A 7-step guide to starting your own trade business

17 September 2018

Skilled tradesmen are always in demand. Whether you are a plumber, electrician, cabinetmaker, refrigeration expert, tiler or builder, there is a ton of work out there. For many, the best way to make the most of the opportunity is to open your own business.

Where do you start? The first step is to register your business, look for a catchy name that is easy to spell and memorable – you do not want customers to struggle. Register with the IRD and make sure that all your tax affairs are in order.

It is a very good idea to get a good accountant right at the early stages of the game. They can also help you set up the legislative requirements for running a business.

With that sorted, it is time to get on with the more exciting operational stuff.

Finding customers

You want to find customers in order to grow your business beyond the ones you already have, you will need a website and some smart online marketing, but if budget doesn’t allow this, just make sure you are online somehow – it can be as simple as setting up a Facebook page and a page on one of the other social media sites (like Instagram or LinkedIn). These services are at no-cost to you and allow you to quickly build up a following of loyal customers. You can share ‘jobs well done’, so prospective customers can see what you are capable of, while your contact details are easily accessible. In due course, consider some paid adverts on relevant social media platforms.

At the same time, list your services in community newspapers, noticeboards and newsletters so everyone in the area can easily see that you are available and what it is you do. Also, keep your eye on social media community groups – and ask family, friends and existing clients to refer and/or recommend your services when an opportunity arises.

Finally, there are many government initiatives and non-profit organisations whose aim is to help small businesses succeed. This help could range from facilitating access to finance, all the way to mentorship. Spend some time finding out what help is on offer.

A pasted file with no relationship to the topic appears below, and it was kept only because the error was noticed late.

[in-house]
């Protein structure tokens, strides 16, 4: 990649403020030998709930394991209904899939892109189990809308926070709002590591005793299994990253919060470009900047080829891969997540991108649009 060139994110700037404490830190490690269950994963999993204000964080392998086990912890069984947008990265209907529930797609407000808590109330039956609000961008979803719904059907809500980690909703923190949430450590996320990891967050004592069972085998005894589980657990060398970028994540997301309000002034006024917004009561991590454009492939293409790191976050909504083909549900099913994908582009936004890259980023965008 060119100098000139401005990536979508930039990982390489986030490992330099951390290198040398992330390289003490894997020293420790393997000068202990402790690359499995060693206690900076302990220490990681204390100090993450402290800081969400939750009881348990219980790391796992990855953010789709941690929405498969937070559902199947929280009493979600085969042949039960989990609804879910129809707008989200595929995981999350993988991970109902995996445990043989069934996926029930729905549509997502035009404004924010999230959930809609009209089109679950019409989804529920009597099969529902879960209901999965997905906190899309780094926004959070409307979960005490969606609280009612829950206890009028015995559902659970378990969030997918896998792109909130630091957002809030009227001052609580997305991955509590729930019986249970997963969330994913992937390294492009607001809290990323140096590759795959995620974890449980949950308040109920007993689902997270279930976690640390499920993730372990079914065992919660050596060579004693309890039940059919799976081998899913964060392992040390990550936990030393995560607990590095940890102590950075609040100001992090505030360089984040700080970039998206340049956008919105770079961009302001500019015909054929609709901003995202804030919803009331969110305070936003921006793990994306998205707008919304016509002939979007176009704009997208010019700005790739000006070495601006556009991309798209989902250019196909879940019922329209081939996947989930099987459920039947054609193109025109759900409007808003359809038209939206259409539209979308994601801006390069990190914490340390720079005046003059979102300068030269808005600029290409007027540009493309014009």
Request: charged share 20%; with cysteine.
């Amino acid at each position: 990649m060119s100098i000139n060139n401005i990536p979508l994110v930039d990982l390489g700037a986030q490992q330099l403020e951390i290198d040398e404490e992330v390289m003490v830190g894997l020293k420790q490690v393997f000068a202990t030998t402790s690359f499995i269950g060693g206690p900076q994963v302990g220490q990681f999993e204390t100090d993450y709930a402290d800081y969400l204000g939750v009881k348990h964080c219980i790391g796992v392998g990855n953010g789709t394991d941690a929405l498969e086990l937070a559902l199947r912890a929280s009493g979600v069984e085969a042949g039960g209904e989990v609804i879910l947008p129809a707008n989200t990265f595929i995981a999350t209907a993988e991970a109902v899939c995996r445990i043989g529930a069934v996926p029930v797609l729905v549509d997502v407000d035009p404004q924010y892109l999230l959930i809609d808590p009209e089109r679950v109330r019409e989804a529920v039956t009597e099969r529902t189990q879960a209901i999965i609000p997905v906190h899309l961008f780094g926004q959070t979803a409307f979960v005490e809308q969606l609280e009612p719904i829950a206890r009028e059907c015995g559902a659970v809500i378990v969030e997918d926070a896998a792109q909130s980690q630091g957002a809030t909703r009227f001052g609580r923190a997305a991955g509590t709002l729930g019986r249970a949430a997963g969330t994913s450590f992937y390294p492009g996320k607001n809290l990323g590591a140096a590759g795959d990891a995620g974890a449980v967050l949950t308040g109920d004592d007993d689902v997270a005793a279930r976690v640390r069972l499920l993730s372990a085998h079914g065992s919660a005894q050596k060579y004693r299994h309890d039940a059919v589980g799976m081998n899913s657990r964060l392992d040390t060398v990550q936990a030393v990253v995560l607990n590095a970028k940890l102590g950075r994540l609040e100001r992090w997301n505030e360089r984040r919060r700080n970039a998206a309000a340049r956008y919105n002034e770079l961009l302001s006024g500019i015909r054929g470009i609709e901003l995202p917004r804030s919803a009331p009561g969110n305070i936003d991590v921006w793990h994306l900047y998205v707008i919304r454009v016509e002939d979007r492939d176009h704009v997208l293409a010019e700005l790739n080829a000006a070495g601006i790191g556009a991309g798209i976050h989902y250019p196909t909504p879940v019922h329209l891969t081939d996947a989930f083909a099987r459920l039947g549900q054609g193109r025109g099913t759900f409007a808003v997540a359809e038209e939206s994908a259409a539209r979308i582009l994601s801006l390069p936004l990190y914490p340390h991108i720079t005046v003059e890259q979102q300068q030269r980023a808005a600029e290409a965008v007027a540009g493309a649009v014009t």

Stay focused

For those just starting out, there might be a temptation to take any job that crosses your path. Rather stick to your area of expertise to build a reputation based on proven skills. Every trade is different, and you are an expert for a reason. Leave the other work for experts in those fields – but build up relationships with them so that you can refer work to each other.

Ride on your qualifications and references

You have spent a lot of time getting certified. Let your customers know about your qualifications and experience by putting it on your Facebook page, your invoices, e-mails and other communications. The same goes for references; these are valuable and provide evidence of your ability to get the job done. Ask for a reference when the job is complete and then on to social media it goes. The good news with social media, by the way, is that these references do not ever go away.

Stay on top of the paperwork

The good old days of doing business on a handshake may be behind us. Providing quotes, contracts, invoices and records of payments electronically makes paperwork a whole lot easier by creating a digital archive where physical copies aren’t needed, but it serves the same purpose, when it is formally recorded, it is far easier to see what has been agreed to, done and paid for. Do not skimp here, even the best customer service provider relationships can go awry if verbal agreements are all you have to go on.

Register with your trade association and invest in continuous professional development

Being a member of a trade association (like Master Builders, the Institute of Plumbing or other professional bodies) lends credibility to what you are doing. It also provides access to new customers should larger contractors need to sub-contract. Your trade association also formalises training and continuous professional development.

Get business insurance

All too often, this crucial service is ignored by those starting out on their own. You want to protect tools and equipment on the one hand and you also want to safeguard your employees and your business against third party claims should something go wrong on the job. On that note, chat to us at NexGen, we offer business insurance and are aligned with the best in the business!

Putting the right insurance in place can mean the difference between staying in business for the long term or folding the minute the tools grow legs and disappear.

Deliver good service

This should go without saying - do not forget that every job is a potential reference and, at the very least, is your entry into that client’s network of friends or business associates. Concentrate on giving good service and actively request feedback so you can remedy any shortfalls. A take-it-or-leave it attitude may be relaxing, but it will prevent your business from growing in the long term.